Sawyer has a slight frame, standing approximately 53 inches high and weighing 42 pounds. The seven-axis single-arm robot has a reach of about 50 inches and handles payloads up to 8.8 pounds. Movements and positioning are repeatable and accurate to within 0.1mm. Baxter weighs 165 pounds, handles payloads up to 5 pounds per arm and has a reach of about 4 feet per arm. Its movement is accurate to within 0.25mm, says Palme.

The robots from Rethink Robotics are different in terms of design and application than six-axis collaborative robots developed by other automation suppliers (see Plastics Machinery Magazine story here).

"These collaborative robots handle the 90 percent of manufacturing tasks that have been impractical to automate with traditional industrial automation. They integrate seamlessly into an existing work cell and dynamically adapt to real-world conditions on the plant floor," says Palme.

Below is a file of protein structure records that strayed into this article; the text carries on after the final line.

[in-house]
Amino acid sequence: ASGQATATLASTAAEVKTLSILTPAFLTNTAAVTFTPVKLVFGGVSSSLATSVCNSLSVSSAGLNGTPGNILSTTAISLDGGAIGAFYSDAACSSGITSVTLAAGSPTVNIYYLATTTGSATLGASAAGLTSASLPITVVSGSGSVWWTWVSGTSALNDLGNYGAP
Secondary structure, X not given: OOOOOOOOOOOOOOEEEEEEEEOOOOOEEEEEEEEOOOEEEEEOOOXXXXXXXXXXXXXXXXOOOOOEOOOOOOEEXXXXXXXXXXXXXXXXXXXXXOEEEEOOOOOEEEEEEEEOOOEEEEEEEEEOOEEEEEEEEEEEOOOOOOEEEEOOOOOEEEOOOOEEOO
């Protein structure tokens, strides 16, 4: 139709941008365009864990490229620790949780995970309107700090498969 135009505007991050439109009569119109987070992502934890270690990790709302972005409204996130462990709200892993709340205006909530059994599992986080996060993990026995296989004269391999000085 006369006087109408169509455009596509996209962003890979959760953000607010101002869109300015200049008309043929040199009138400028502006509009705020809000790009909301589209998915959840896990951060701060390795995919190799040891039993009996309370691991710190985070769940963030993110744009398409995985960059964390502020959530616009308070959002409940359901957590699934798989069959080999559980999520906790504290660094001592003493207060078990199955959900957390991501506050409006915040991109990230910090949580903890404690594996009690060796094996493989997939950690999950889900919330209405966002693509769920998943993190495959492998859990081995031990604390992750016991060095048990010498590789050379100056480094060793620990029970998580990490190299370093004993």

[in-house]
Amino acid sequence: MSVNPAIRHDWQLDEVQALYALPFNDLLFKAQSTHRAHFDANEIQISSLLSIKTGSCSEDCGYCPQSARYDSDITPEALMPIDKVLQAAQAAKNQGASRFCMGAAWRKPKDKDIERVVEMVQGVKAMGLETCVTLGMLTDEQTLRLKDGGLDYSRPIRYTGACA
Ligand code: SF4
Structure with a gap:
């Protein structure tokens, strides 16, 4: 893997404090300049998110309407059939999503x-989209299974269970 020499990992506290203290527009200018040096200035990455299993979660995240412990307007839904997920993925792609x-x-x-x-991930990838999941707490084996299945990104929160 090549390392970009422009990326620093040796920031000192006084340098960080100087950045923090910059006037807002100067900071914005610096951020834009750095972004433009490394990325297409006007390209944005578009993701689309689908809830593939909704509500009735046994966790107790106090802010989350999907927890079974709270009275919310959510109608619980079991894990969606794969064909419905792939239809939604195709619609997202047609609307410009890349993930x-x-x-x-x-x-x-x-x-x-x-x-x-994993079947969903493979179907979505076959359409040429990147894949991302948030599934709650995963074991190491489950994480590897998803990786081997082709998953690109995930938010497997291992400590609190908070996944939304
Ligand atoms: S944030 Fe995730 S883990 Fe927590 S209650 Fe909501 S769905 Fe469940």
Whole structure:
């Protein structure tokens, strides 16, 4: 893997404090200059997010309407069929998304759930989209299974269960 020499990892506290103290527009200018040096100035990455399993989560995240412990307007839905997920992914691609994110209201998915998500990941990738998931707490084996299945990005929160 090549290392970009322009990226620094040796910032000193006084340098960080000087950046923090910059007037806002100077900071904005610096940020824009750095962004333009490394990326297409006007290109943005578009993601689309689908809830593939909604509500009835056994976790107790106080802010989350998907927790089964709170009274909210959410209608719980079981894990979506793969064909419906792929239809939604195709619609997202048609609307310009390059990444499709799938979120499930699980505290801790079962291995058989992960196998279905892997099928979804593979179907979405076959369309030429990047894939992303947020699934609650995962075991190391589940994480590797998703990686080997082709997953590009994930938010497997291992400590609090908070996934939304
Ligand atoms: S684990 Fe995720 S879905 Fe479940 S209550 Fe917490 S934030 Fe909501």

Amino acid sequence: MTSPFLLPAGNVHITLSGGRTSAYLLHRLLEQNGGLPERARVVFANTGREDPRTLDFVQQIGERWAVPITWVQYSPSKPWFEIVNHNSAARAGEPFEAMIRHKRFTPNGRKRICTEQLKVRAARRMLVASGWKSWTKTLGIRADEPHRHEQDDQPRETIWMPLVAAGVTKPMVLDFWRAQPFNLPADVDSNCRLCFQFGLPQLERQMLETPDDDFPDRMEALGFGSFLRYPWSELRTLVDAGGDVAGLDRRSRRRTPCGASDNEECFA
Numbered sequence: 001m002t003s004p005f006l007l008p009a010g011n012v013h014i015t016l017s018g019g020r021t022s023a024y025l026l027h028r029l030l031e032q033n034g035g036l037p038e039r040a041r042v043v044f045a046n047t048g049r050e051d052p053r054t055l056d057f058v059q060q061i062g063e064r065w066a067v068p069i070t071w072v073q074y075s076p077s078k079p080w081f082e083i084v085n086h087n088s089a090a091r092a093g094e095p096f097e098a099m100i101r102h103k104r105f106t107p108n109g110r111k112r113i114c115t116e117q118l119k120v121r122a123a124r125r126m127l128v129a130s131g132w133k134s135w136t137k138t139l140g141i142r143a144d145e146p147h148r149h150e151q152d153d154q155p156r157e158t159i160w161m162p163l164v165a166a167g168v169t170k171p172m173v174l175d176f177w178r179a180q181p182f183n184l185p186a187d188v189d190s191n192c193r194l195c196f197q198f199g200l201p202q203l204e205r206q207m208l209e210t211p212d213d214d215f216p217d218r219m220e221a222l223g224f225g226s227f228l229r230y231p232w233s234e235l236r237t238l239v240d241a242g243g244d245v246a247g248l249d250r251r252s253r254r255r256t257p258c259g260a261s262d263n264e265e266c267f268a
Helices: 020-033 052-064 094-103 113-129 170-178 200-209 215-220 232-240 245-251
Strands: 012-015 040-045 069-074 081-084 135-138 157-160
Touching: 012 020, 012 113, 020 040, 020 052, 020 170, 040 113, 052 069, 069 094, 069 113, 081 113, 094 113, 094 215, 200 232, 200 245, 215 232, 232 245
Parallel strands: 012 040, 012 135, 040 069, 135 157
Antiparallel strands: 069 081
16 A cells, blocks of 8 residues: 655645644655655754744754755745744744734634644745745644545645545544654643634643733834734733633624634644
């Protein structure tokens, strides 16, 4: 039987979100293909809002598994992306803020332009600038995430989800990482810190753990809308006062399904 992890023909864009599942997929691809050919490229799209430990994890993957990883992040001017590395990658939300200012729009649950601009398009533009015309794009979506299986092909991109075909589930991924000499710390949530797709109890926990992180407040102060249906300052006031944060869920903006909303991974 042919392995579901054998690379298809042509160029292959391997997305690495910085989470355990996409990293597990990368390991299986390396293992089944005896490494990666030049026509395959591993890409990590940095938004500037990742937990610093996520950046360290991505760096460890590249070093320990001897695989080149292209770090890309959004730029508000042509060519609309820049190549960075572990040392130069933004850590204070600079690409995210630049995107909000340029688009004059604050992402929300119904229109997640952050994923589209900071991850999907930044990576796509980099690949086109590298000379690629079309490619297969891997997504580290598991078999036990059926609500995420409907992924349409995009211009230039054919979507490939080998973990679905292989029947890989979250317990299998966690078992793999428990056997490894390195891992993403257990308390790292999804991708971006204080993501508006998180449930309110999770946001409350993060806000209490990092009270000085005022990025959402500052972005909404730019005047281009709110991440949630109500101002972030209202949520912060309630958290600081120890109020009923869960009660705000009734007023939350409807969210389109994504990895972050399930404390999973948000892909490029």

The Rethink collaborative robots are ideal for lower-volume, higher-mix applications that call for frequent line changeovers. Traditional industrial automation is best suited to higher-volume, higher-speed, lower-mix applications where line changeover is infrequent and work spaces do not have people in the immediate surrounding area, says Palme. Generally speaking, collaborative robots have a lighter payload than their more traditional counterparts, yet they are an ideal fit for plastics applications producing lightweight parts, says Palme.